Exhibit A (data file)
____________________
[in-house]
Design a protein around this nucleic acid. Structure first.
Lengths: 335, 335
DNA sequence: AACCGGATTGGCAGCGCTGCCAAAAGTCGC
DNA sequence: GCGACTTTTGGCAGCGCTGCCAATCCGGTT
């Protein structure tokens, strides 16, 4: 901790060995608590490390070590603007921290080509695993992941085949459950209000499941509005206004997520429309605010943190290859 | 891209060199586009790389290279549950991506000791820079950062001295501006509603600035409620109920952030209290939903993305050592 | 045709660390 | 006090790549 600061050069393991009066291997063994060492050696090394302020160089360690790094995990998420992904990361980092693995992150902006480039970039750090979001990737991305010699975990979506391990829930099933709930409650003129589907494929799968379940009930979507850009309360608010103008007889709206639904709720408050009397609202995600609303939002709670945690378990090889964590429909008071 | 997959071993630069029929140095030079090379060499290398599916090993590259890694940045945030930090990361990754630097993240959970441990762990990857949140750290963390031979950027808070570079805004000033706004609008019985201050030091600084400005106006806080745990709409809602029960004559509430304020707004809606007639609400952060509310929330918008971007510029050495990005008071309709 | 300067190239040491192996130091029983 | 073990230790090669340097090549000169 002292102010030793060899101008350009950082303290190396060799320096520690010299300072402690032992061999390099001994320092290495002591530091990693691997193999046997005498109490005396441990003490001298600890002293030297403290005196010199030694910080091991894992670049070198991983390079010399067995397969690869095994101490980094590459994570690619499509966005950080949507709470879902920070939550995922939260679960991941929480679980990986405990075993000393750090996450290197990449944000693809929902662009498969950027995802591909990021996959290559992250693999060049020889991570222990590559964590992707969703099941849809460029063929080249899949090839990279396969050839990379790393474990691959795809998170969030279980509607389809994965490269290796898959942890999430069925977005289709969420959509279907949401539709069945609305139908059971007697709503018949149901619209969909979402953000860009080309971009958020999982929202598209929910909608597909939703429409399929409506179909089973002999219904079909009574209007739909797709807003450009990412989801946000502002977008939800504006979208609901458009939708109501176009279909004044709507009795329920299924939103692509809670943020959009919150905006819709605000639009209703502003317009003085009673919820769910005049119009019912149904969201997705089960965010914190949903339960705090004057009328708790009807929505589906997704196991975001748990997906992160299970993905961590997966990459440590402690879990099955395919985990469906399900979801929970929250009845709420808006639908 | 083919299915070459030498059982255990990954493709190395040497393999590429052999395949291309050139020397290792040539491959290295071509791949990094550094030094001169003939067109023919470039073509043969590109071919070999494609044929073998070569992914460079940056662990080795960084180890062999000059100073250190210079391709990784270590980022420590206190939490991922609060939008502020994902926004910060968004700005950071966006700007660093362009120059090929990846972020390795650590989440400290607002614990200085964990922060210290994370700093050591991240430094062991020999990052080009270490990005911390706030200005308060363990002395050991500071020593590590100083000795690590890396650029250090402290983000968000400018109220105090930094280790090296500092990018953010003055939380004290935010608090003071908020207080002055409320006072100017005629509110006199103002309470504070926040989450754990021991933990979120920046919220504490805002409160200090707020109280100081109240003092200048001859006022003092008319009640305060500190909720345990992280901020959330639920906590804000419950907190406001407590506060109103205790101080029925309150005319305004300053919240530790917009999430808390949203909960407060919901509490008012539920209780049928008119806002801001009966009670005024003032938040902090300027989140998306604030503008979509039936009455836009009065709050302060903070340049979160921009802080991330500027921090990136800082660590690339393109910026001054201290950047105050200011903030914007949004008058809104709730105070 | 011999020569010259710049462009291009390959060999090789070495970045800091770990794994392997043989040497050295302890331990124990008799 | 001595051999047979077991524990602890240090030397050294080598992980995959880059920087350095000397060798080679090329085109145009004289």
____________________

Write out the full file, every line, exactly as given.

[in-house]
Design a protein around this nucleic acid. Structure first.
Lengths: 335, 335
DNA sequence: AACCGGATTGGCAGCGCTGCCAAAAGTCGC
DNA sequence: GCGACTTTTGGCAGCGCTGCCAATCCGGTT
């Protein structure tokens, strides 16, 4: 901790060995608590490390070590603007921290080509695993992941085949459950209000499941509005206004997520429309605010943190290859 | 891209060199586009790389290279549950991506000791820079950062001295501006509603600035409620109920952030209290939903993305050592 | 045709660390 | 006090790549 600061050069393991009066291997063994060492050696090394302020160089360690790094995990998420992904990361980092693995992150902006480039970039750090979001990737991305010699975990979506391990829930099933709930409650003129589907494929799968379940009930979507850009309360608010103008007889709206639904709720408050009397609202995600609303939002709670945690378990090889964590429909008071 | 997959071993630069029929140095030079090379060499290398599916090993590259890694940045945030930090990361990754630097993240959970441990762990990857949140750290963390031979950027808070570079805004000033706004609008019985201050030091600084400005106006806080745990709409809602029960004559509430304020707004809606007639609400952060509310929330918008971007510029050495990005008071309709 | 300067190239040491192996130091029983 | 073990230790090669340097090549000169 002292102010030793060899101008350009950082303290190396060799320096520690010299300072402690032992061999390099001994320092290495002591530091990693691997193999046997005498109490005396441990003490001298600890002293030297403290005196010199030694910080091991894992670049070198991983390079010399067995397969690869095994101490980094590459994570690619499509966005950080949507709470879902920070939550995922939260679960991941929480679980990986405990075993000393750090996450290197990449944000693809929902662009498969950027995802591909990021996959290559992250693999060049020889991570222990590559964590992707969703099941849809460029063929080249899949090839990279396969050839990379790393474990691959795809998170969030279980509607389809994965490269290796898959942890999430069925977005289709969420959509279907949401539709069945609305139908059971007697709503018949149901619209969909979402953000860009080309971009958020999982929202598209929910909608597909939703429409399929409506179909089973002999219904079909009574209007739909797709807003450009990412989801946000502002977008939800504006979208609901458009939708109501176009279909004044709507009795329920299924939103692509809670943020959009919150905006819709605000639009209703502003317009003085009673919820769910005049119009019912149904969201997705089960965010914190949903339960705090004057009328708790009807929505589906997704196991975001748990997906992160299970993905961590997966990459440590402690879990099955395919985990469906399900979801929970929250009845709420808006639908 | 083919299915070459030498059982255990990954493709190395040497393999590429052999395949291309050139020397290792040539491959290295071509791949990094550094030094001169003939067109023919470039073509043969590109071919070999494609044929073998070569992914460079940056662990080795960084180890062999000059100073250190210079391709990784270590980022420590206190939490991922609060939008502020994902926004910060968004700005950071966006700007660093362009120059090929990846972020390795650590989440400290607002614990200085964990922060210290994370700093050591991240430094062991020999990052080009270490990005911390706030200005308060363990002395050991500071020593590590100083000795690590890396650029250090402290983000968000400018109220105090930094280790090296500092990018953010003055939380004290935010608090003071908020207080002055409320006072100017005629509110006199103002309470504070926040989450754990021991933990979120920046919220504490805002409160200090707020109280100081109240003092200048001859006022003092008319009640305060500190909720345990992280901020959330639920906590804000419950907190406001407590506060109103205790101080029925309150005319305004300053919240530790917009999430808390949203909960407060919901509490008012539920209780049928008119806002801001009966009670005024003032938040902090300027989140998306604030503008979509039936009455836009009065709050302060903070340049979160921009802080991330500027921090990136800082660590690339393109910026001054201290950047105050200011903030914007949004008058809104709730105070 | 011999020569010259710049462009291009390959060999090789070495970045800091770990794994392997043989040497050295302890331990124990008799 | 001595051999047979077991524990602890240090030397050294080598992980995959880059920087350095000397060798080679090329085109145009004289």